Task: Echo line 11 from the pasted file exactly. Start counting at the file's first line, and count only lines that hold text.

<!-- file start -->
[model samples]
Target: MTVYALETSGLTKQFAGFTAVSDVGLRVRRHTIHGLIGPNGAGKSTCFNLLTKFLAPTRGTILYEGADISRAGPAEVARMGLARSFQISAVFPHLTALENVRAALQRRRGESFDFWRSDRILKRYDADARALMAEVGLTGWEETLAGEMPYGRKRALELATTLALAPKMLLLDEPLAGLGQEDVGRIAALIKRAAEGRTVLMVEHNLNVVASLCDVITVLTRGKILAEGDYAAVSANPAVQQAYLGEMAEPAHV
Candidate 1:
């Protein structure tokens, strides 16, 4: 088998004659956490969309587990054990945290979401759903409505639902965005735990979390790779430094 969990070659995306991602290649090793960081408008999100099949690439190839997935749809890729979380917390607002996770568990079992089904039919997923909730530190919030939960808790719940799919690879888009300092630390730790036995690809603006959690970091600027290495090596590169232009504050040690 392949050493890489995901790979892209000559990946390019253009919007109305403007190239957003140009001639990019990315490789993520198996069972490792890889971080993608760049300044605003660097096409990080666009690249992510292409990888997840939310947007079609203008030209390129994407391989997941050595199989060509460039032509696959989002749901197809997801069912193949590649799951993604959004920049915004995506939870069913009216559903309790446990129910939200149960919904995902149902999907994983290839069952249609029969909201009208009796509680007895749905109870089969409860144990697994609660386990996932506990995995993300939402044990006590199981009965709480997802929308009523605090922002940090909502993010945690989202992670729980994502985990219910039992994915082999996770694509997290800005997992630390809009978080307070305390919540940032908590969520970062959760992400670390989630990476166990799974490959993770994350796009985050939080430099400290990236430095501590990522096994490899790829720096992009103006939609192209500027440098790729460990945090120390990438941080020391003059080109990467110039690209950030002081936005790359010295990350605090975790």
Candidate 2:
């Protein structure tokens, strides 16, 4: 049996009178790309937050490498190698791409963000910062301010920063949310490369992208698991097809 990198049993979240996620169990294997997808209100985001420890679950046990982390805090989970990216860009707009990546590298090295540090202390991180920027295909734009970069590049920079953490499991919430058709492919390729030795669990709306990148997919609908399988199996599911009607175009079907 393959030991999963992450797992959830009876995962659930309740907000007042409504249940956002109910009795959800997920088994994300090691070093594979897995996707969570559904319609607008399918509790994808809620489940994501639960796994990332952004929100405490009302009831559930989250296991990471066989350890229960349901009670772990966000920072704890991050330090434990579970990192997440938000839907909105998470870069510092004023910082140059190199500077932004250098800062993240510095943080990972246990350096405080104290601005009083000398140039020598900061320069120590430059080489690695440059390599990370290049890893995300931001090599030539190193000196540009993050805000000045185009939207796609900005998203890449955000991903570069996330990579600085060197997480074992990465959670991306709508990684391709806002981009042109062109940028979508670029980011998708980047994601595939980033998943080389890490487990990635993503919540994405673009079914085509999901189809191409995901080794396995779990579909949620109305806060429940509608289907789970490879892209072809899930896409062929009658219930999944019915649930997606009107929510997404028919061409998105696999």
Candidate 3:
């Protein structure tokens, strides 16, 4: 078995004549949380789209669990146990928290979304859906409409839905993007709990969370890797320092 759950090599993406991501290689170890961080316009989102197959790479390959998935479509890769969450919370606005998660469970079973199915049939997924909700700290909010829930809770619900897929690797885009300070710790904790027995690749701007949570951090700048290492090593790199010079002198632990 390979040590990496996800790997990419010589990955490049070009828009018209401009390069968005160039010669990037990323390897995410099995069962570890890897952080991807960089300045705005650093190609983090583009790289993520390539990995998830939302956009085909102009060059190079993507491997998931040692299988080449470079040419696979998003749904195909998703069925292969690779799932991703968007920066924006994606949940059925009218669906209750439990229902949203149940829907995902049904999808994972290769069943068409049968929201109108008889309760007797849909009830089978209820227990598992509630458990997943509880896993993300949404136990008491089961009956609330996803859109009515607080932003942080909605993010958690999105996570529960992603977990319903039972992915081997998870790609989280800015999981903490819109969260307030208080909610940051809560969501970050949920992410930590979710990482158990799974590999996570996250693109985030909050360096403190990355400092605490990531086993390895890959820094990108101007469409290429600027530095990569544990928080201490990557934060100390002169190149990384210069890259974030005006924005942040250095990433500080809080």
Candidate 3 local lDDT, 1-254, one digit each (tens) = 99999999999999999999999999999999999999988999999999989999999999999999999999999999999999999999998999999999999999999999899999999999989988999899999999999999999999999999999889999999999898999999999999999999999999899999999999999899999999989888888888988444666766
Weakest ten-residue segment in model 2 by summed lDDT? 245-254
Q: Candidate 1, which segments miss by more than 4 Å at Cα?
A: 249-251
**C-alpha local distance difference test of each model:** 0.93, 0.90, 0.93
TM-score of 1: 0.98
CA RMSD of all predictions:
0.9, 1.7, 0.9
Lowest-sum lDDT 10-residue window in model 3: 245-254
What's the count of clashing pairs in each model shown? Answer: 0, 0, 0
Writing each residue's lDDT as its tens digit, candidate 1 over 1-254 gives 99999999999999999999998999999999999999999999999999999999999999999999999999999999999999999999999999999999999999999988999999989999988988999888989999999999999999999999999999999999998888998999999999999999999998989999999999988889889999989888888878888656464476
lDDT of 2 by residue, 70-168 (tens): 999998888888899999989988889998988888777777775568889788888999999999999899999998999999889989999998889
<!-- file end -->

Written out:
Q: Candidate 1, which segments miss by more than 4 Å at Cα?